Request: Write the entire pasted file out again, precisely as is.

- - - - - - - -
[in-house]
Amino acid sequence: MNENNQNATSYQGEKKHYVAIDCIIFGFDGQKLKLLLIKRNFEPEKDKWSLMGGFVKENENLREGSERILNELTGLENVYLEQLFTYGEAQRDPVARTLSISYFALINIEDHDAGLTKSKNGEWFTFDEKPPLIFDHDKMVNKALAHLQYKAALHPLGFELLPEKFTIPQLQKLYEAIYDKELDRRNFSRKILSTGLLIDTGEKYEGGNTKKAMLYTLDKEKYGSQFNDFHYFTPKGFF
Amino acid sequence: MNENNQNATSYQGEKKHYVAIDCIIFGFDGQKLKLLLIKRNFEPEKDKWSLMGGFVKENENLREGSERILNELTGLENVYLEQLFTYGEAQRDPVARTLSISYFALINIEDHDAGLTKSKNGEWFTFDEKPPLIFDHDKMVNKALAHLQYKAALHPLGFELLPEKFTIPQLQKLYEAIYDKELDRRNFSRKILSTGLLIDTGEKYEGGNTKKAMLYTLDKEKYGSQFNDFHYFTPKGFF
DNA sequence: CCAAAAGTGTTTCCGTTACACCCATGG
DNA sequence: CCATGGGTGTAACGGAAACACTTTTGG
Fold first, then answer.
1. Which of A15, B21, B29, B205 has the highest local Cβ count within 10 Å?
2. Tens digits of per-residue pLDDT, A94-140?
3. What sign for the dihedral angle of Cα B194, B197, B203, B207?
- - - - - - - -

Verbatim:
[in-house]
Amino acid sequence: MNENNQNATSYQGEKKHYVAIDCIIFGFDGQKLKLLLIKRNFEPEKDKWSLMGGFVKENENLREGSERILNELTGLENVYLEQLFTYGEAQRDPVARTLSISYFALINIEDHDAGLTKSKNGEWFTFDEKPPLIFDHDKMVNKALAHLQYKAALHPLGFELLPEKFTIPQLQKLYEAIYDKELDRRNFSRKILSTGLLIDTGEKYEGGNTKKAMLYTLDKEKYGSQFNDFHYFTPKGFF
Amino acid sequence: MNENNQNATSYQGEKKHYVAIDCIIFGFDGQKLKLLLIKRNFEPEKDKWSLMGGFVKENENLREGSERILNELTGLENVYLEQLFTYGEAQRDPVARTLSISYFALINIEDHDAGLTKSKNGEWFTFDEKPPLIFDHDKMVNKALAHLQYKAALHPLGFELLPEKFTIPQLQKLYEAIYDKELDRRNFSRKILSTGLLIDTGEKYEGGNTKKAMLYTLDKEKYGSQFNDFHYFTPKGFF
DNA sequence: CCAAAAGTGTTTCCGTTACACCCATGG
DNA sequence: CCATGGGTGTAACGGAAACACTTTTGG
Fold first, then answer.
1. Which of A15, B21, B29, B205 has the highest local Cβ count within 10 Å?
2. Tens digits of per-residue pLDDT, A94-140?
3. What sign for the dihedral angle of Cα B194, B197, B203, B207?